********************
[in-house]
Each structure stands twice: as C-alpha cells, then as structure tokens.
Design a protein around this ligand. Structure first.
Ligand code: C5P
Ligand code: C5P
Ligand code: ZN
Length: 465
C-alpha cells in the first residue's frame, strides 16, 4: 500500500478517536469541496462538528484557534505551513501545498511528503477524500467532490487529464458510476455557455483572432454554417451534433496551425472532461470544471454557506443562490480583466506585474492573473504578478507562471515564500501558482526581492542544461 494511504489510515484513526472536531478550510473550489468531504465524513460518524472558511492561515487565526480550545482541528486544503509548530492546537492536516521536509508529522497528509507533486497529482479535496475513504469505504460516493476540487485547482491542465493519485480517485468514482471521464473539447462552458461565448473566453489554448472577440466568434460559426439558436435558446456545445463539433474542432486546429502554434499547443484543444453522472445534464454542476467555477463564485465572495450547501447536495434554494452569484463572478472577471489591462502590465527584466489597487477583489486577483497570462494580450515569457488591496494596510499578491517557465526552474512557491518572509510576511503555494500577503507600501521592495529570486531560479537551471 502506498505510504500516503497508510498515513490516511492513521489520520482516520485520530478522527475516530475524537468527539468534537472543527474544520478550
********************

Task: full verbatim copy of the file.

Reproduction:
[in-house]
Each structure stands twice: as C-alpha cells, then as structure tokens.
Design a protein around this ligand. Structure first.
Ligand code: C5P
Ligand code: C5P
Ligand code: ZN
Length: 465
C-alpha cells in the first residue's frame, strides 16, 4: 500500500478517536469541496462538528484557534505551513501545498511528503477524500467532490487529464458510476455557455483572432454554417451534433496551425472532461470544471454557506443562490480583466506585474492573473504578478507562471515564500501558482526581492542544461 494511504489510515484513526472536531478550510473550489468531504465524513460518524472558511492561515487565526480550545482541528486544503509548530492546537492536516521536509508529522497528509507533486497529482479535496475513504469505504460516493476540487485547482491542465493519485480517485468514482471521464473539447462552458461565448473566453489554448472577440466568434460559426439558436435558446456545445463539433474542432486546429502554434499547443484543444453522472445534464454542476467555477463564485465572495450547501447536495434554494452569484463572478472577471489591462502590465527584466489597487477583489486577483497570462494580450515569457488591496494596510499578491517557465526552474512557491518572509510576511503555494500577503507600501521592495529570486531560479537551471 502506498505510504500516503497508510498515513490516511492513521489520520482516520485520530478522527475516530475524537468527539468534537472543527474544520478550